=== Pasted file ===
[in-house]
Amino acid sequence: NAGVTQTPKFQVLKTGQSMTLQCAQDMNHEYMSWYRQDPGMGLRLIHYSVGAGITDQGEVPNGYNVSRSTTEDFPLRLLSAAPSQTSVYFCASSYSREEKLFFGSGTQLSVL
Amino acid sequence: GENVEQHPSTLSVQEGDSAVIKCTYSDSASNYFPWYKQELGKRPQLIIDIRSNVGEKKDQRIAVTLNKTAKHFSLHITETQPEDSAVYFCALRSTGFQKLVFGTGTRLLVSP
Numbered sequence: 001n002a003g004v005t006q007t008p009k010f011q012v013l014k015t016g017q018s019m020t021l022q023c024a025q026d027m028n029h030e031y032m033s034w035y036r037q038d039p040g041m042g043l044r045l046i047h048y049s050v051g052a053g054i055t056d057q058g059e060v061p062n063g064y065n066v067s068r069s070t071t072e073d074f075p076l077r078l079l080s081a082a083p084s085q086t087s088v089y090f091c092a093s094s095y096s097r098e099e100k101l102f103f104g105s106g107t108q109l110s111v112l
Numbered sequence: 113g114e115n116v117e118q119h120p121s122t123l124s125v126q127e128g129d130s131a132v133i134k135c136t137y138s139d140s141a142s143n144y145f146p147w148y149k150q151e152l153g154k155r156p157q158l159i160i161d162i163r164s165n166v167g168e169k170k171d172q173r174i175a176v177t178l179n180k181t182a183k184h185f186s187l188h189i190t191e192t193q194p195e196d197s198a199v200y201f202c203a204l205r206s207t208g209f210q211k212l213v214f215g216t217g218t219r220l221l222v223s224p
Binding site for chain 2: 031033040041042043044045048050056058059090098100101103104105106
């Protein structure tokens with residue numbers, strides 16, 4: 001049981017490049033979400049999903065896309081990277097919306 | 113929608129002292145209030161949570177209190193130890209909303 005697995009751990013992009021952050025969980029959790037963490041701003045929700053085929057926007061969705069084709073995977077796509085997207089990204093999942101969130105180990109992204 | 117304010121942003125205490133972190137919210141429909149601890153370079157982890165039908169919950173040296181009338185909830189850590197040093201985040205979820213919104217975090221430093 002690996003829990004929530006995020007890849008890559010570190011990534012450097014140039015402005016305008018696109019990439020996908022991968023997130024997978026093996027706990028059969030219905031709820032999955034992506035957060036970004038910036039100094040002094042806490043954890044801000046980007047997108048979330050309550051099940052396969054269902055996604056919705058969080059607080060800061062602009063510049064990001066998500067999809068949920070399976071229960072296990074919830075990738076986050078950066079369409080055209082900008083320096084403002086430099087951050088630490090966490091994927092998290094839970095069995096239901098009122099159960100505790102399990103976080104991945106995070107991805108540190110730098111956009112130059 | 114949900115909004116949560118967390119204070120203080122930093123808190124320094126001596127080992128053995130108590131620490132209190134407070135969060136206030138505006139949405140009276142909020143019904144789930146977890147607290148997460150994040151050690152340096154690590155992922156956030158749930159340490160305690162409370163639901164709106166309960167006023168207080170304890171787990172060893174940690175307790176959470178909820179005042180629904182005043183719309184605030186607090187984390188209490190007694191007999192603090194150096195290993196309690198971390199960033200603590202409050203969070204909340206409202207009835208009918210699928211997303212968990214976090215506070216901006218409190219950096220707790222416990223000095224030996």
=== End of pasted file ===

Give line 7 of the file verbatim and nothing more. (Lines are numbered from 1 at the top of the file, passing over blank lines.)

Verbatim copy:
């Protein structure tokens with residue numbers, strides 16, 4: 001049981017490049033979400049999903065896309081990277097919306 | 113929608129002292145209030161949570177209190193130890209909303 005697995009751990013992009021952050025969980029959790037963490041701003045929700053085929057926007061969705069084709073995977077796509085997207089990204093999942101969130105180990109992204 | 117304010121942003125205490133972190137919210141429909149601890153370079157982890165039908169919950173040296181009338185909830189850590197040093201985040205979820213919104217975090221430093 002690996003829990004929530006995020007890849008890559010570190011990534012450097014140039015402005016305008018696109019990439020996908022991968023997130024997978026093996027706990028059969030219905031709820032999955034992506035957060036970004038910036039100094040002094042806490043954890044801000046980007047997108048979330050309550051099940052396969054269902055996604056919705058969080059607080060800061062602009063510049064990001066998500067999809068949920070399976071229960072296990074919830075990738076986050078950066079369409080055209082900008083320096084403002086430099087951050088630490090966490091994927092998290094839970095069995096239901098009122099159960100505790102399990103976080104991945106995070107991805108540190110730098111956009112130059 | 114949900115909004116949560118967390119204070120203080122930093123808190124320094126001596127080992128053995130108590131620490132209190134407070135969060136206030138505006139949405140009276142909020143019904144789930146977890147607290148997460150994040151050690152340096154690590155992922156956030158749930159340490160305690162409370163639901164709106166309960167006023168207080170304890171787990172060893174940690175307790176959470178909820179005042180629904182005043183719309184605030186607090187984390188209490190007694191007999192603090194150096195290993196309690198971390199960033200603590202409050203969070204909340206409202207009835208009918210699928211997303212968990214976090215506070216901006218409190219950096220707790222416990223000095224030996």